Op-Ed: With Pearl Harbor memories still raw, Hollywood told the story through an unexpected lens

Bombers fly over a battleship
“Tora! Tora! Tora!” deployed real planes and elaborate sets.
(Twentieth Century Fox / Corbis via Getty Images)

For many years as I was growing up, my mother’s companion was a man named Bob Kulicke. He was 16 when Pearl Harbor was bombed 80 years ago, on Dec. 7, 1941, and he and his buddies were disappointed to be too young to join up. They were sure that this war would be over by the time they could.

No such luck. On his 18th birthday he got a telegram from Uncle Sam that began “Greetings.” Three years later he came home, after fighting five campaigns against the Japanese in the Pacific. Among them were New Guinea and Ie Shima, a small island off the coast of Okinawa. He manned twin .50-caliber machine guns, defending airstrips and ammo dumps.

Bob was a painter of some note, and this fascinated many people, but I was more interested in the tales he told of World War II. And he told them with relish. He’d barely escaped with his life. Even then, in the 1970s, he preferred cloudy afternoons because the Japanese “won’t strafe us today.”


But one of my fondest memories of Bob is not of a story he told, but of a movie we watched together: “Tora! Tora! Tora!” This was in the middle of the night, in Brooklyn, on a color television that was so old it showed everything in various shades of blue. No matter. I was enthralled.

Tora! Tora! Tora!” came out in 1970 and told, in epic scale from both the Japanese and American points of view, the story of the planning and execution of the bombing of Pearl Harbor. It was one of the last Hollywood blockbusters from the studio era and was a passion project of Darryl F. Zanuck, the legendary 20th Century Fox chairman who some suspected was slipping into dementia when the film was made. It pretty much flopped at the box office.

Of course, I didn’t know that when I was 13. I was fascinated by the planes, the ships and all the stuff blowing up. But something else: As I watched the film that night with Bob, I realized we were both rooting for … the Japanese.

It is only since I’ve grown into adulthood that I’ve come to realize what a remarkable movie this was, even if cineastes scoff. It and Hollywood helped bring Japan and the United States closer together when fresh memories of the war still scarred both nations’ psyches.

Impaired or not, Zanuck and his producer, Elmo Williams, had a bold idea that seems all the more amazing as the decades go by, and as the world remains a violent and dangerous place. All the Japanese sequences were made by Japanese filmmakers, with Japanese crews and casts. Japanese screenwriters wrote the script. Advisors included Minoru Genda, an architect of the actual attack. One of the eventual directors had trained as a kamikaze pilot.

Thus, just 25 years after Dec. 7, 1941, former combatants joined forces to tell the story of how it all began. Imagine if all once-warring nations did the same?


Until that point, most portrayals of the Japanese in World War II films were stereotypical at best, and often downright racist. They were shown as evil, duplicitous and often incompetent. Not in “Tora.” Here they were professional military men, highly skilled, wrestling with the violence they were about to unleash — on our country and, eventually, on their own. The pilots were dashing and brave. They flew those planes with remarkable elan. Bob, for one, said the flying in the film — which is extraordinary — was true to life. Perhaps a bit too much so.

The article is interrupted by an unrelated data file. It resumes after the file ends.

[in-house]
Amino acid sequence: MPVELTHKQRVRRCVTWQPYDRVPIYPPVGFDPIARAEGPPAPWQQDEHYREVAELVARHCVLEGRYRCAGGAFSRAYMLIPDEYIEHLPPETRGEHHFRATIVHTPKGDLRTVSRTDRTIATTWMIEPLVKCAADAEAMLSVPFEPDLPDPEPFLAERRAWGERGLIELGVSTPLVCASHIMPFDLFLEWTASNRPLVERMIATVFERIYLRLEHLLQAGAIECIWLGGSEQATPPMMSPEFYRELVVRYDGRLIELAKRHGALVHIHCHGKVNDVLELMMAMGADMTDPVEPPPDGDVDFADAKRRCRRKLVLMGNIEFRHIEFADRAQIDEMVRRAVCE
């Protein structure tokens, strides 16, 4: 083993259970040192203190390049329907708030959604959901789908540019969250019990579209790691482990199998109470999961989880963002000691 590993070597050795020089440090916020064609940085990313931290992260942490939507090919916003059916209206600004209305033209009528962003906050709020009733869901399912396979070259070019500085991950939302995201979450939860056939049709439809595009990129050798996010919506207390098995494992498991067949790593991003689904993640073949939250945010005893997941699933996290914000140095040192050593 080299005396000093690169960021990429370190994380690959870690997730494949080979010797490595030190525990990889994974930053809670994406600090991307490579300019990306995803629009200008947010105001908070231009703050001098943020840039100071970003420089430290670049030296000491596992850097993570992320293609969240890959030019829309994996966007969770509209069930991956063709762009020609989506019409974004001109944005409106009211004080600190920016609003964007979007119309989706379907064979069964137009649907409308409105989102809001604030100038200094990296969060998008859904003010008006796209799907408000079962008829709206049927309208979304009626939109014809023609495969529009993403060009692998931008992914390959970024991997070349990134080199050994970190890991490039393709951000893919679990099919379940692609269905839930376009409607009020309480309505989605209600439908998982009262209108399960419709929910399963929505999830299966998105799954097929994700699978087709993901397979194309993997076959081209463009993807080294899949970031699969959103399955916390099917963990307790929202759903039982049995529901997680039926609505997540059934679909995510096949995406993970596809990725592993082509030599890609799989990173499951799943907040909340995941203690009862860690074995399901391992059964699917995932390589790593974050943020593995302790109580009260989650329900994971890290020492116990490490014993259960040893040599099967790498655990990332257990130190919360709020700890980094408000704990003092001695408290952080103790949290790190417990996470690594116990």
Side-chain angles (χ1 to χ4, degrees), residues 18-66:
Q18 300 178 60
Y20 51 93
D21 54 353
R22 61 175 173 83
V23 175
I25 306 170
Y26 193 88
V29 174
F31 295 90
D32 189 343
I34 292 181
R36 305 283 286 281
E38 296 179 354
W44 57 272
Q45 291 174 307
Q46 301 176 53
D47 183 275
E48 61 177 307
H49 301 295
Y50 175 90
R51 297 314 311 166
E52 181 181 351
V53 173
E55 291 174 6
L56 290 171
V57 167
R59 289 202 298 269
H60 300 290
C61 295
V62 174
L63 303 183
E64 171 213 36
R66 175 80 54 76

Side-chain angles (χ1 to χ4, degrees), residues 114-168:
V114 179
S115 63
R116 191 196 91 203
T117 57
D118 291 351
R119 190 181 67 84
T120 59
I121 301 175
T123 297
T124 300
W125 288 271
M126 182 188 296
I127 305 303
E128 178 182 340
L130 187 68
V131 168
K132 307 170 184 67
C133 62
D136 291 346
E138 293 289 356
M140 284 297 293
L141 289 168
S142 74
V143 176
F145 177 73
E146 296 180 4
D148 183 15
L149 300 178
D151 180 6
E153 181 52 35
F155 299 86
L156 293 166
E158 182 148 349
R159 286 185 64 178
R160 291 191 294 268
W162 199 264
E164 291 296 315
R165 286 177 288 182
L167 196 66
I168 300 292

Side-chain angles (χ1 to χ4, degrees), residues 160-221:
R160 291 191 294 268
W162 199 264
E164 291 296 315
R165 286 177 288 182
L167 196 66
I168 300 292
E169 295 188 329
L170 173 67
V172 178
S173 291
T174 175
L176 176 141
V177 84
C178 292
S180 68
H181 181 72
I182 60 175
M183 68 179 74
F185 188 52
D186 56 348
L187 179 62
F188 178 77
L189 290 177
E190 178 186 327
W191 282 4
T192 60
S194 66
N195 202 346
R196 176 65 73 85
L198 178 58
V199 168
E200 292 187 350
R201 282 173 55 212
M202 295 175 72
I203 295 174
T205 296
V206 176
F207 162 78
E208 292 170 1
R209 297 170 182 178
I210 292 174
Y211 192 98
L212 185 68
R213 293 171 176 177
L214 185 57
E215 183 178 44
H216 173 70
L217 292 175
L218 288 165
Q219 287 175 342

Lots of old-time moviemaking went into the film. A life-sized Japanese battleship was built out of wood on a beach in Kyushu. More than 70 actual planes were used. Hangars in Pearl Harbor that survived the attack were blown to bits for the film. This was all long before CGI.

But the production was plagued with disasters and eventually went well over budget. Zanuck and Williams initially hired Akira Kurosawa, the most famous Japanese director then and still, at least to Western audiences, but then fired him when he behaved bizarrely on the set. Two pilots were killed.

The logistics of creating this hydra-headed cinematic beast in the pre-internet era, with multiple locations in Japan, Hawaii, Washington and Hollywood, proved daunting; delays were rampant, as were communication breakdowns. Footage had to be flown across the Pacific strapped to seats on Japan Airlines.

Is it a great film? No. The long windup to the attack can seem tiresome if you are not, like me, fascinated by Pearl Harbor and the forces and events that led up to it. The Japanese sequences are much better done than the American ones — even though the American director was Richard Fleischer, a highly respected filmmaker known for crisp action, epic set pieces and fast-moving plots. The American scenes have a stilted, wooden quality, with characters standing around awkwardly and spouting exposition at one another.

And yet … the film still fascinates me. And it’s not just the battleships and airplanes.

Japan’s attack on Pearl Harbor was among the most calamitous mistakes a modern nation has ever made. The militarists in charge of the government drove the country to ruin. “Tora” doesn’t try to sugarcoat that; indeed, it’s a Japanese character — Adm. Isoroku Yamamoto, played with understated elegance by the actor Soh Yamamura — who vocalizes the scale of this error.


“Tora” looks great today on Blu-ray, a revelation compared with that long-ago, all-blue television. The wooden battleship, which doesn’t look wooden at all, is especially impressive on screen. Perhaps I’ll revisit the film this week and have a toast to Bob. Or maybe it would be more fitting to watch it some cloudy afternoon.

Wendell Jamieson, a communications and political consultant, spent 18 years at the New York Times, where he wrote occasionally on film.